No sooner had anger and compassion settled in the wake of a recent car bombing in Benghazi, than another hair-raising news story has popped up.
A gruesome video has been circulating on Facebook showing a summary execution of at least ten people in Benghazi, the second largest city in Libya, in revenge for the recent twin car bombing.
The video features about ten blindfolded men wearing blue jumpsuits kneeling before their camouflage-clad executioner with a silenced AK-47 rifle in his hands.
Moments later the kneeling men are shot and seen hitting the floor. The location has been identified as the entrance to Benghazi’s Bayaat al-Radwan mosque where less than 24 hours earlier at least 35 people were killed in twin car bomb attacks, Reuters earlier reported.
The UN quickly condemned the summary execution:
“Those responsible for committing or ordering summary executions are criminally liable under international law.”
It said in a statement on Twitter that the shooter was presumably Mahmoud al-Werfalli, a special forces commander in the Libyan National Army, now wanted by the International Criminal Court on suspicion of playing a part in a range of earlier atrocities.
“[The U.N. demands] the handing over of Mahmoud al-Werfalli immediately to (the ICC) as it documented at least 5 similar cases, in 2017 alone, carried out or ordered by al-Werfalli.”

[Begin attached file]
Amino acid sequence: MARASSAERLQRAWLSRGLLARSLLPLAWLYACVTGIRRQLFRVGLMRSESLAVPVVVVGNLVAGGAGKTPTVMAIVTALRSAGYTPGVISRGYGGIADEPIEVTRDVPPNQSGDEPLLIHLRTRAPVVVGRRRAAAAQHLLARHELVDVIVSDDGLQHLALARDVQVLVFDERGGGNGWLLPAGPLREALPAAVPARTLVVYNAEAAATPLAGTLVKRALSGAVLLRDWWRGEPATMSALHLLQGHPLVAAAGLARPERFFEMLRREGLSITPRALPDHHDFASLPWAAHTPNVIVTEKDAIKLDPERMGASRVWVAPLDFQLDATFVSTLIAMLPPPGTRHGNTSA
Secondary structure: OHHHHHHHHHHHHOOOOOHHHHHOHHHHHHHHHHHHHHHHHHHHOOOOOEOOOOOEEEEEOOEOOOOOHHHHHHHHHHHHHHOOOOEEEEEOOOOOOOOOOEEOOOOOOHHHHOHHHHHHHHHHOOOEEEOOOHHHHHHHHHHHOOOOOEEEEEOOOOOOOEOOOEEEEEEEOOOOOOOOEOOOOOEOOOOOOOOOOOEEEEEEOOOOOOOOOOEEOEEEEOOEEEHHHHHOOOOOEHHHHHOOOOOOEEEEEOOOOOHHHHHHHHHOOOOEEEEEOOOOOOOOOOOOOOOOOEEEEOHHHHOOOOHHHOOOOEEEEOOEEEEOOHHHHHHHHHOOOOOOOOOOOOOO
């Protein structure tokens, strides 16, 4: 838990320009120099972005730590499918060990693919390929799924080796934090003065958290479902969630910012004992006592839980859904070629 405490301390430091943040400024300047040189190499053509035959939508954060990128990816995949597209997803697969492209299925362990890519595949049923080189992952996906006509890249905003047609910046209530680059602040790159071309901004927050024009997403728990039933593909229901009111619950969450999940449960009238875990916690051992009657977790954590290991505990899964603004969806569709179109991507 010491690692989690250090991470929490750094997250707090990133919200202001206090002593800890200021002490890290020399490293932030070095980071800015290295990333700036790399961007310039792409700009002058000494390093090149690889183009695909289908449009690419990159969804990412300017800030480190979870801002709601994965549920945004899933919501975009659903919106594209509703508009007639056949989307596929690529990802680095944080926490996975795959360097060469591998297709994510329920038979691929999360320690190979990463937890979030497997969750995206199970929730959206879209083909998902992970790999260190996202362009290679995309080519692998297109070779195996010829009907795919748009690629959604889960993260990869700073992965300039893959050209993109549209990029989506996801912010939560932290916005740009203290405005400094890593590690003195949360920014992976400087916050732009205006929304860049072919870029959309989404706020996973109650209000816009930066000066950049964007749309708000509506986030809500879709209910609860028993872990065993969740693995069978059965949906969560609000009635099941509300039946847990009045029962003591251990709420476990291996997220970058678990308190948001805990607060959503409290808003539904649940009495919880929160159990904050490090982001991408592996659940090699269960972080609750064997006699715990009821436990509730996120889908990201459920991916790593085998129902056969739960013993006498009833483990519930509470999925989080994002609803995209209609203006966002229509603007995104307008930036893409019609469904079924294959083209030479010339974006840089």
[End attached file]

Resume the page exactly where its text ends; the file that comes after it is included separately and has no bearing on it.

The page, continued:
The footage uploaded on Facebook by a Libyan photographer, Mohammed Ajali, comes with a comment publicizing the Libyan National Army and stating that a similar act of retribution awaits any Islamist who dares stage a new terrorist act. Ajali explains that 10 “terrorists” were killed at the request of the families who lost their beloved in the Tuesday bombings.
“This time 10, the bombing after 15, and after 20 and so on. This is how the price is calculated,” Ajali wrote.
Twitter is currently flooded in sympathetic comments surrounding the two recent tragic events.
Some feel compassion and state that nothing has changed so far in war-torn Libya.
Others engage in a politicized debate on whether non-Islamists are any better than terrorists since they resort to the same gruesome acts of revenge ignoring the basic human rights for life and freedom:
Al-Werfalli is from an elite special forces unit attached to Khalifa Haftar-led Libyan National Army (LNA), which controls Benghazi and reportedly battled Islamists until late 2017. Al-Werfalli has proved to be an elusive figure since ICC issued a warrant to detain him.
Haftar, being increasingly courted by the international community as he gained power on the ground, is largely seen as a credible candidate in the Libyan presidential vote slated for the end of 2018.